I may be right or I may be wrong in the understanding I have of the technical evidence, but I think it only fair that I send you a copy of the arguments submitted to the CCRC on my behalf in 2003, which you will find attached as a Word document. I will send you a longer document containing the sources quoted, if you are interested. I do not expect you to compromise any classified project, but I would be interested to know if you can criticise any of the points made in the attached document.
This submission to the CCRC does not include the point, only revealed later, that the Technical Director Professor Lewis contacted was Dr Reginald Humphryes, who in 1993 (at the time of my trial) was Technical Director at Marconi Defence Systems. Dr Humphryes not only cannot remember Professor Lewis contacting him, but it seems Dr Humphryes was not even responsible for the ALARM project at that time. No doubt you will be more familiar than I am with the hierarchy within Marconi.
Michael John Smith
I was surprised that Mr Winstone felt it necessary to have a representative of MBDA’s legal Department telephone me and ask me not to contact him in future. I asked if this was a threat that some legal action might ensue, if I did not heed this advice, and I was told that this was not a formal warning of any kind.
On 12 February 2007 I made further submissions to the CCRC regarding this issue about ALARM, and considering Martin Winstone’s rather evasive behaviour I made a concerted effort to make my point as bluntly as possible. All military projects operate a system of Configuration Management, which means that the build state of any particular weapon can be easily confirmed through a tightly controlled identification and documentation system. I knew this must apply to the ALARM missile, and so I insisted that we be informed whether issue 2 of the RESTRICTED document was listed on the parts list for ALARM missiles at August 1992.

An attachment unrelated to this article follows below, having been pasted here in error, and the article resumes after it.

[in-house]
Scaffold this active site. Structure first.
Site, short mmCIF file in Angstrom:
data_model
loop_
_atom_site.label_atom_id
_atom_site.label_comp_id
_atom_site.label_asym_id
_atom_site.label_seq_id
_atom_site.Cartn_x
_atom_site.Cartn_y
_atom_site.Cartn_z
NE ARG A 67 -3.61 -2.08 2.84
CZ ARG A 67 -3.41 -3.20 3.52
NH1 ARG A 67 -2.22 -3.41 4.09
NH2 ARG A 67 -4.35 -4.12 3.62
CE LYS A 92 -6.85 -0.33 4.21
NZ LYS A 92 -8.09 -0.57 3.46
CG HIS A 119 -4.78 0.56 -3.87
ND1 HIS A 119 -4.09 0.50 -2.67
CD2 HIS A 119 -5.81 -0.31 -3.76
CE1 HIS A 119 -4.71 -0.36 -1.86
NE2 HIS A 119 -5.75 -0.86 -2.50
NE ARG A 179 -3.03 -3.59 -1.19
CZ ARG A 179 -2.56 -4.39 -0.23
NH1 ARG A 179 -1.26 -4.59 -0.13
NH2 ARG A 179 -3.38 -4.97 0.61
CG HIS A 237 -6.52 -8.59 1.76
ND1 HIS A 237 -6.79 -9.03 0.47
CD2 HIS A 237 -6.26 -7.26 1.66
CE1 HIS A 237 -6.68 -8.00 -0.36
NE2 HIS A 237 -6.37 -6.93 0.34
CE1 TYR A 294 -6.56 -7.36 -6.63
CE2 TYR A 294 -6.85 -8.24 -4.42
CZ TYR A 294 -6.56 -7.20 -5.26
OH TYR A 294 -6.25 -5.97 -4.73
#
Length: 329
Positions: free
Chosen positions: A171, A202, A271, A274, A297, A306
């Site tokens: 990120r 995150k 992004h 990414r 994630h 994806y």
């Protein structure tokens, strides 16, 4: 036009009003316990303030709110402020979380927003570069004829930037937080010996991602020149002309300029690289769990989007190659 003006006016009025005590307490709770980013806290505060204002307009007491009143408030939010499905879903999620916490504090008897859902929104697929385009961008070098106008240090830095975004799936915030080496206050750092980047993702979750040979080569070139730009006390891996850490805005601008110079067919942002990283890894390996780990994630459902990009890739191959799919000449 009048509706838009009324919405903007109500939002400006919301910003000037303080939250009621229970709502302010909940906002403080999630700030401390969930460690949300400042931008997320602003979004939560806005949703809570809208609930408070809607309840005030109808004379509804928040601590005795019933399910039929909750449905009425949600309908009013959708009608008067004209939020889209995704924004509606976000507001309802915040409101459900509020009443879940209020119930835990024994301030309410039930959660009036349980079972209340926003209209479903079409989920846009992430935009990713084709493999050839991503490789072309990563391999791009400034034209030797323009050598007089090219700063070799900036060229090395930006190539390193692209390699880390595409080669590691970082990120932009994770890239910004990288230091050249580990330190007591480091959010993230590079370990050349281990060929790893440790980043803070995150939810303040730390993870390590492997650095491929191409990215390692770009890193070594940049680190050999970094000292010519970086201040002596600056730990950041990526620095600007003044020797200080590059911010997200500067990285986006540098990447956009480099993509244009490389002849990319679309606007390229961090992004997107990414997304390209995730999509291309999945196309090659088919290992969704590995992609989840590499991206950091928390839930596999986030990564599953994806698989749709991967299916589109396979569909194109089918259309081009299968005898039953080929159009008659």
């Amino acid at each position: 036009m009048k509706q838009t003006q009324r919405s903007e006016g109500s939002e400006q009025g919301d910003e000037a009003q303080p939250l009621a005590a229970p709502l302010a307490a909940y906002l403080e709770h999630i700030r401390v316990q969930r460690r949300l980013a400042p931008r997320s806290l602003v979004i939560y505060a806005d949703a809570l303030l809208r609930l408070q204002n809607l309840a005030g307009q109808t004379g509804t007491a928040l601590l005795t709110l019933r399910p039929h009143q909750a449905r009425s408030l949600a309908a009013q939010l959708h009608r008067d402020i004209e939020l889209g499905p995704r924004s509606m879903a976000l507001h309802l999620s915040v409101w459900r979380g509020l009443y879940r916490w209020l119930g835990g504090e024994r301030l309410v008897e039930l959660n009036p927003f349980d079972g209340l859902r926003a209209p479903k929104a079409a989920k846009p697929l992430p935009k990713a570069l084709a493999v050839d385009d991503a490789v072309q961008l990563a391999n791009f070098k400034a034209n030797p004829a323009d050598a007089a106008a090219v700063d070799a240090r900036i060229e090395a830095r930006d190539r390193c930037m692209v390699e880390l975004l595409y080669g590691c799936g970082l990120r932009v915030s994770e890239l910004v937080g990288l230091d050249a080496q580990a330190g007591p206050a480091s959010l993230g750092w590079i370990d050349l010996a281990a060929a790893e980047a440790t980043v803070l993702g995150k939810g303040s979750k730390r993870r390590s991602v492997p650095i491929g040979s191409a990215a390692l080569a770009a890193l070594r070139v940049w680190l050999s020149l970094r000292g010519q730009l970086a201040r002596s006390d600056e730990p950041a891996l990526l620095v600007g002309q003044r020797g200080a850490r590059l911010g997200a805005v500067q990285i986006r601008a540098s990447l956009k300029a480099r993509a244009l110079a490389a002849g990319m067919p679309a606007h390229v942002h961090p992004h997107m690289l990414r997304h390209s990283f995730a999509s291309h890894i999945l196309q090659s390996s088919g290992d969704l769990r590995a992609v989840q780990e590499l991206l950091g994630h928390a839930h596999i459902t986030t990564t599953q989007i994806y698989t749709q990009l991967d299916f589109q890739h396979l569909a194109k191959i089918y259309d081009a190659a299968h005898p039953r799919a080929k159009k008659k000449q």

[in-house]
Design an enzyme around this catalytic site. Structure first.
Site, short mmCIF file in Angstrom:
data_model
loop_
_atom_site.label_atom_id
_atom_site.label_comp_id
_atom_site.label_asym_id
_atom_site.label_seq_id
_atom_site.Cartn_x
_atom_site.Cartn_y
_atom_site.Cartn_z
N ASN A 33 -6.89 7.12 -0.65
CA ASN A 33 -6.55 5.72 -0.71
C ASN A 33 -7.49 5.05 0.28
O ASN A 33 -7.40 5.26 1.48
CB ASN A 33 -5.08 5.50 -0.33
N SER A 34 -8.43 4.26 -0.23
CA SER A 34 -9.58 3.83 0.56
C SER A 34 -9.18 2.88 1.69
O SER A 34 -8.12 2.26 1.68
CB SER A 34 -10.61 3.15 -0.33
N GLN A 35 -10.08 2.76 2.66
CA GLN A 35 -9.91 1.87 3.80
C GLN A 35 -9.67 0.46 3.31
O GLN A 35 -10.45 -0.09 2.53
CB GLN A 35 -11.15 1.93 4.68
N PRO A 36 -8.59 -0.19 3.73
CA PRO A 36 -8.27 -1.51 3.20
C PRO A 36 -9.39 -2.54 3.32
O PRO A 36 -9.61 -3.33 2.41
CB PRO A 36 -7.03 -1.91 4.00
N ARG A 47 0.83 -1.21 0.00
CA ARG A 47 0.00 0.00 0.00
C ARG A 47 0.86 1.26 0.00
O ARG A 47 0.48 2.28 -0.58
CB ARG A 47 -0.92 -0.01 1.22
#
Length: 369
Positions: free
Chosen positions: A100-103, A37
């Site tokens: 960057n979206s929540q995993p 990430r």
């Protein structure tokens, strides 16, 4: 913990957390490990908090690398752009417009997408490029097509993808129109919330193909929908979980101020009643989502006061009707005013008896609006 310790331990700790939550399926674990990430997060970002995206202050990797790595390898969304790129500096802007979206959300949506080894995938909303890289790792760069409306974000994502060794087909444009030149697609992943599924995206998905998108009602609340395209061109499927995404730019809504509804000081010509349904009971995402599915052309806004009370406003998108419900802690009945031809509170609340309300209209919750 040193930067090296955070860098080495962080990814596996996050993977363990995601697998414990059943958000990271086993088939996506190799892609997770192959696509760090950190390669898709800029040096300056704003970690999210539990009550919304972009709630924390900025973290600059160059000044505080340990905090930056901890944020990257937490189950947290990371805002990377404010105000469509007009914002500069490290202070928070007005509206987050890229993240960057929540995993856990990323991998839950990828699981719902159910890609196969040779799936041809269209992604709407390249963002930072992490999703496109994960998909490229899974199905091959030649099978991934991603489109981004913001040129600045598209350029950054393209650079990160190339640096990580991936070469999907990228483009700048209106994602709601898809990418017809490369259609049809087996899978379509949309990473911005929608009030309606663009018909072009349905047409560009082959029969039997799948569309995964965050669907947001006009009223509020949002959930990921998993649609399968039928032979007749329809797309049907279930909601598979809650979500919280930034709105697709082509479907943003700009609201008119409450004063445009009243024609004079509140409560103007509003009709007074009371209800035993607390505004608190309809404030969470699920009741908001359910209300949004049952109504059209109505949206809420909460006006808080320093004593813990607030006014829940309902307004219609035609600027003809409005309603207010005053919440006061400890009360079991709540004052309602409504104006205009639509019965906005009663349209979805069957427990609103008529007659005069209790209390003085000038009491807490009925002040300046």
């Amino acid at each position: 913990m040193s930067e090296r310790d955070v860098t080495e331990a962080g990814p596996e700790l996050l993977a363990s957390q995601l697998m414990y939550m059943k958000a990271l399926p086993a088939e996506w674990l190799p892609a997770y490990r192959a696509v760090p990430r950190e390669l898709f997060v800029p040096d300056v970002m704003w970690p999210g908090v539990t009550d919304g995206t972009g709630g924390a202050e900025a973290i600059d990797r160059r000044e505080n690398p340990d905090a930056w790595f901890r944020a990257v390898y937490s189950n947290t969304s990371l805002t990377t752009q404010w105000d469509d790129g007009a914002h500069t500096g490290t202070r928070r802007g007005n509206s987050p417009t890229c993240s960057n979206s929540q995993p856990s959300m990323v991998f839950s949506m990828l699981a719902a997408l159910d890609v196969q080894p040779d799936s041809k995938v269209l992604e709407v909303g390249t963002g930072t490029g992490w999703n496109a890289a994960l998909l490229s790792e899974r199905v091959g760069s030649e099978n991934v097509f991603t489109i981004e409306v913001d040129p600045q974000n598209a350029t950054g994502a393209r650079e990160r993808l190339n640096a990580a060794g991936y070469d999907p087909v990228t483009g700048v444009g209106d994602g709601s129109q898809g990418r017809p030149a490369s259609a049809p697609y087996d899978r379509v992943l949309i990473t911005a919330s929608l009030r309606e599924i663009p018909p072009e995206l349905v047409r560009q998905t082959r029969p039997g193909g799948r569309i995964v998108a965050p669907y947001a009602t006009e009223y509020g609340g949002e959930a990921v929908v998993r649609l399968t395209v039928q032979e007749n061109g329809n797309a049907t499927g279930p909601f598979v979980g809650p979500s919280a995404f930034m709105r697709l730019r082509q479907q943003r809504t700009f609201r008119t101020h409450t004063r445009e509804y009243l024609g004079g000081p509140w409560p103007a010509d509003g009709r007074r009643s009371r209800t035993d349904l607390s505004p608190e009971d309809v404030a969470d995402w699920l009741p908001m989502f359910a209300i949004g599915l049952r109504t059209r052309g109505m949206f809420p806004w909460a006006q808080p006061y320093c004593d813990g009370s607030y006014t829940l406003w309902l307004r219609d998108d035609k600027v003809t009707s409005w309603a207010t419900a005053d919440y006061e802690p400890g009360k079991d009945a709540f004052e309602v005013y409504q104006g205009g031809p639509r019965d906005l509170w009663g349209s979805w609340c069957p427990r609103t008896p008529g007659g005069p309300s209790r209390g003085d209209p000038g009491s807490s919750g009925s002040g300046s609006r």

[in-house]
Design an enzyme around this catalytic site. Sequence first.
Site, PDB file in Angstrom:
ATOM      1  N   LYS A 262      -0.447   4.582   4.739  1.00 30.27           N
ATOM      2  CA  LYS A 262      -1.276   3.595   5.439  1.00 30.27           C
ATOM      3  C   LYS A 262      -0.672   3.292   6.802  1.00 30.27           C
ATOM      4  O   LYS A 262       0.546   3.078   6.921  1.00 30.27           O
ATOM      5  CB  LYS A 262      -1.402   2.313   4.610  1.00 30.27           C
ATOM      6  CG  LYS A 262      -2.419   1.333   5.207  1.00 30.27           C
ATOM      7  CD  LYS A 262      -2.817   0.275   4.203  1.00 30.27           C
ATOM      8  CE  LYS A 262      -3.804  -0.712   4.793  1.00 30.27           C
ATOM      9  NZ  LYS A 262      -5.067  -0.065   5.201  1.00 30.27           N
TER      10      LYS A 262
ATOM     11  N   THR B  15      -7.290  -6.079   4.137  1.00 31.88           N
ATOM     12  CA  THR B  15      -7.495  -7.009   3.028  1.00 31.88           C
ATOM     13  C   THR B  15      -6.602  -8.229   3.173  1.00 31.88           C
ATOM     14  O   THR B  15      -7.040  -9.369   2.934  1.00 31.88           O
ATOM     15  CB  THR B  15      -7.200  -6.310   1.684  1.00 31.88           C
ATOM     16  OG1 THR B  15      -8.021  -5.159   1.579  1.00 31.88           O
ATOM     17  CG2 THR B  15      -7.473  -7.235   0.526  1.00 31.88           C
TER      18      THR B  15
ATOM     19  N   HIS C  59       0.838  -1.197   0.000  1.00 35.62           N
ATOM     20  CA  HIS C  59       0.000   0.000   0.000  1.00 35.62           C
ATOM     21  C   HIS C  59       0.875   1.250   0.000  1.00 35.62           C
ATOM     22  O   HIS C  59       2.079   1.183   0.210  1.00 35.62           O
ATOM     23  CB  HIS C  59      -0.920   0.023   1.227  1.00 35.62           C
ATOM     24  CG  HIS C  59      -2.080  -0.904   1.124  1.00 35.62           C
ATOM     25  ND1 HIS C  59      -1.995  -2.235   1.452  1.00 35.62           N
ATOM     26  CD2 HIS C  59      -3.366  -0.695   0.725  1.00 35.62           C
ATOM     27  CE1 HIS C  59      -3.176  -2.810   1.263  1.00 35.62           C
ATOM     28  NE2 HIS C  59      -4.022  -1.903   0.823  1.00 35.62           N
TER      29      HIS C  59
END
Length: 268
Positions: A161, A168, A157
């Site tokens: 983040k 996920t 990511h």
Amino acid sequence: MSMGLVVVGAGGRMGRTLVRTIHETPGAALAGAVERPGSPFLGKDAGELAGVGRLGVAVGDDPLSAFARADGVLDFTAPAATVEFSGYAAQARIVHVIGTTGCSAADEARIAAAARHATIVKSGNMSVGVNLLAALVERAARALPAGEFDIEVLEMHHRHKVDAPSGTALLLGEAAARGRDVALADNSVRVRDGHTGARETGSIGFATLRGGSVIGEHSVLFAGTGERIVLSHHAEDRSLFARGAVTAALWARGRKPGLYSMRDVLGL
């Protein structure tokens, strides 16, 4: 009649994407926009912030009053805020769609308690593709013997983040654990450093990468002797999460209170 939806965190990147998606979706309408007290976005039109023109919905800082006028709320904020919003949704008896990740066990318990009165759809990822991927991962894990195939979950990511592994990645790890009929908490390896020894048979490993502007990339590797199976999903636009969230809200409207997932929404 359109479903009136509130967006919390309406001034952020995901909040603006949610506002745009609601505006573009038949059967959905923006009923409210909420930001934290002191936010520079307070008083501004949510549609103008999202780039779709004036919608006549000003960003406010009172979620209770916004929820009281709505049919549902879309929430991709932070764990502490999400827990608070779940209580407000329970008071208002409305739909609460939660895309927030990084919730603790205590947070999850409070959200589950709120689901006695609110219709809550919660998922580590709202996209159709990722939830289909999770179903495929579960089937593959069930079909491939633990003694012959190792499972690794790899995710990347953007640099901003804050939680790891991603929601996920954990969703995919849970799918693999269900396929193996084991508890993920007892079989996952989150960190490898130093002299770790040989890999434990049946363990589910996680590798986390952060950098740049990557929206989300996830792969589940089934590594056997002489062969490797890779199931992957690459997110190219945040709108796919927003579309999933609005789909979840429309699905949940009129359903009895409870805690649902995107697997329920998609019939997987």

I predicted that, if there was anything wrong with the evidence given by Professor Meirion Francis Lewis at my trial, then this issue of Configuration Management would resolve any confusion. I received a letter from the CCRC dated 19 July 2007, and sadly Martin Winstone has so far failed to provide the answers requested. I phoned my casework manager at the CCRC to enquire what the problem was, and I was told that it was probably “red tape” and due to the “sensitivity of the information”.
It is hard to comprehend how a document, now more than 25 years old, can still be considered so sensitive. No doubt MBDA or the MoD can come up with an explanation for this, although I doubt they will want to reveal the truth. When the matter is so simple, why should there be so much fuss about it? Is it possible that scientists and engineers are covering up the truth for some reason? I certainly have the feeling that there has been some conspiracy amongst the scientists and engineers involved in my case to prevent the truth being revealed.
And that brings me back to the source of that link between the RESTRICTED document and the ALARM missile. Could it be that Martin Winstone was the man who told Reginald Humphryes, who told Professor Lewis, who then told the court that the RESTRICTED document was used on ALARM? Certainly Martin Winstone must be one of the few people to have been involved in the history of that RESTRICTED document, over the more than 25 years of its life. Perhaps his knowledge of what went on at my trial is the reason why Martin Winstone has been so reluctant to answer simple questions with straight answers?
However, one thing is certain - while the truth remains buried I shall have to dig even deeper to expose it.